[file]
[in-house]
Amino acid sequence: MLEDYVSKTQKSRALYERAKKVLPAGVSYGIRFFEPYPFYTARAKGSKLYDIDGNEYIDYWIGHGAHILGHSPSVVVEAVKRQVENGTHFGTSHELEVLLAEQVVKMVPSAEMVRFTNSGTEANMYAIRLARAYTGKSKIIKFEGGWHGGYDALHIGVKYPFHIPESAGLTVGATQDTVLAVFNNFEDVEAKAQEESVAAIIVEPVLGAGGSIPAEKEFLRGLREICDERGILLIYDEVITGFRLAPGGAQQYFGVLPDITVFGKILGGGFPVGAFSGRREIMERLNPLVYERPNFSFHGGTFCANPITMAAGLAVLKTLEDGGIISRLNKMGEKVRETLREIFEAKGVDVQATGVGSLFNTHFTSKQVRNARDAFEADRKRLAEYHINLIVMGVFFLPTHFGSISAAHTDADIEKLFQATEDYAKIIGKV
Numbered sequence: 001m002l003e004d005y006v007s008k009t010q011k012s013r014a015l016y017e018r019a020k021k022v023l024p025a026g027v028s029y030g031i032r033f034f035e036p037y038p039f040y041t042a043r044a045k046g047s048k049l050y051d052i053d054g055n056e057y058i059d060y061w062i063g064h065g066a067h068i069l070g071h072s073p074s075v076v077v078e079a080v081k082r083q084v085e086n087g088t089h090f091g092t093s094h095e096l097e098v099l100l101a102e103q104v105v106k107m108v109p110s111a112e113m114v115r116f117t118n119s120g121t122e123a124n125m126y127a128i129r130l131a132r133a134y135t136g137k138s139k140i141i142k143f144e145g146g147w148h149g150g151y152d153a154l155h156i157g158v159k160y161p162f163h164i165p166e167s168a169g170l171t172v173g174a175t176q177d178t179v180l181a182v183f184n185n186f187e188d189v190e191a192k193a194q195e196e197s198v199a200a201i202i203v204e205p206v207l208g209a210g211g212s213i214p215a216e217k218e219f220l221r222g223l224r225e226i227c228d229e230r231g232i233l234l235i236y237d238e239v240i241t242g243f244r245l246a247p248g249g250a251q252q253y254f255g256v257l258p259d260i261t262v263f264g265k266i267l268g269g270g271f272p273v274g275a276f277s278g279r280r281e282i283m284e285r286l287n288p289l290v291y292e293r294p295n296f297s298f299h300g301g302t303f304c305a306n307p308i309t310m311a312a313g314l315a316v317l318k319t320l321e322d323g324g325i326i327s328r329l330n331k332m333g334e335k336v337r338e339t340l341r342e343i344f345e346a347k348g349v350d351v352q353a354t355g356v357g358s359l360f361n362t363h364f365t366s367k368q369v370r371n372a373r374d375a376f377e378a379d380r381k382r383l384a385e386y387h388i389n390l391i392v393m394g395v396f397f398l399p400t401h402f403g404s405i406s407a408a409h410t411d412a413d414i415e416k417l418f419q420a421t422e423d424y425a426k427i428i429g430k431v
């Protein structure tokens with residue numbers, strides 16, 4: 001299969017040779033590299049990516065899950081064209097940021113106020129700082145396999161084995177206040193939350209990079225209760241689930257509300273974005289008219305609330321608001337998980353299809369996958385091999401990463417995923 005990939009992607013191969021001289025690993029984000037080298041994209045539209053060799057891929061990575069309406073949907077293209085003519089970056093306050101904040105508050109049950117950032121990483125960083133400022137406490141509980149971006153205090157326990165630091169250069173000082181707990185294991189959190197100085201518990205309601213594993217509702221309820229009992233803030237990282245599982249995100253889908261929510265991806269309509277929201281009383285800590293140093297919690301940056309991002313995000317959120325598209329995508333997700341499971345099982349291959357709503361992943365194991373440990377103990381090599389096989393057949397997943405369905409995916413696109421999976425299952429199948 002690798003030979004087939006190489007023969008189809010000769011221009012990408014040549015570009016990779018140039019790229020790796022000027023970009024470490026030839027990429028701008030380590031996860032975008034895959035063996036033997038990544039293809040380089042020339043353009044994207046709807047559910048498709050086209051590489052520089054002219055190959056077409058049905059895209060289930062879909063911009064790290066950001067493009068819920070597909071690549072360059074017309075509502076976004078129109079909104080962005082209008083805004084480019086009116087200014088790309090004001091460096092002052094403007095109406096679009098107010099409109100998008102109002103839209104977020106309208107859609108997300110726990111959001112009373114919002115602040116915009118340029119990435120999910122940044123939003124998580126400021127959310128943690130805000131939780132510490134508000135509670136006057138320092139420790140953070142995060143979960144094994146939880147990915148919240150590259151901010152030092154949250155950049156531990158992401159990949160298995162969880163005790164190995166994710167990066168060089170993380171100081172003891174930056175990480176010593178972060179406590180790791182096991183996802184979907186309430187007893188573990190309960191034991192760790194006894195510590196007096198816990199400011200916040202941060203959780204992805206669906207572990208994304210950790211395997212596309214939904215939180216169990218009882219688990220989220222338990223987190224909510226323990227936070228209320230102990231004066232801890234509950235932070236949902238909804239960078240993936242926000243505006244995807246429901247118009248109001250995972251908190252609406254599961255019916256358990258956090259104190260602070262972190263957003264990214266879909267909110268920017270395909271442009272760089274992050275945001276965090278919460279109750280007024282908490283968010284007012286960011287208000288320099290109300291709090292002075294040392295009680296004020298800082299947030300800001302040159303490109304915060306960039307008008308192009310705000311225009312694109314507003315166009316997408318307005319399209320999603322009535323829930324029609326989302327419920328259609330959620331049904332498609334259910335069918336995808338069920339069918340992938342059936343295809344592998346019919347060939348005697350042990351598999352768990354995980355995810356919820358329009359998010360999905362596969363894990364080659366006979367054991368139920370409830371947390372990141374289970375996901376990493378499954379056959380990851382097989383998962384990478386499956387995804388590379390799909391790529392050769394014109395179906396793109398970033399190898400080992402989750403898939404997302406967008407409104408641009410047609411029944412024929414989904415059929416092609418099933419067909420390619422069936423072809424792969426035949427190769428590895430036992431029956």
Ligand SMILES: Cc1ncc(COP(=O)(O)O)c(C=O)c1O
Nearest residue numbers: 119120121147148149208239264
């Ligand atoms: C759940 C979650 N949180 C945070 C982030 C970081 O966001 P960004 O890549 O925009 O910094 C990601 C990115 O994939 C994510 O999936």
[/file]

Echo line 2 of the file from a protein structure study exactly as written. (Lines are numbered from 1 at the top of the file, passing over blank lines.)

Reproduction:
Amino acid sequence: MLEDYVSKTQKSRALYERAKKVLPAGVSYGIRFFEPYPFYTARAKGSKLYDIDGNEYIDYWIGHGAHILGHSPSVVVEAVKRQVENGTHFGTSHELEVLLAEQVVKMVPSAEMVRFTNSGTEANMYAIRLARAYTGKSKIIKFEGGWHGGYDALHIGVKYPFHIPESAGLTVGATQDTVLAVFNNFEDVEAKAQEESVAAIIVEPVLGAGGSIPAEKEFLRGLREICDERGILLIYDEVITGFRLAPGGAQQYFGVLPDITVFGKILGGGFPVGAFSGRREIMERLNPLVYERPNFSFHGGTFCANPITMAAGLAVLKTLEDGGIISRLNKMGEKVRETLREIFEAKGVDVQATGVGSLFNTHFTSKQVRNARDAFEADRKRLAEYHINLIVMGVFFLPTHFGSISAAHTDADIEKLFQATEDYAKIIGKV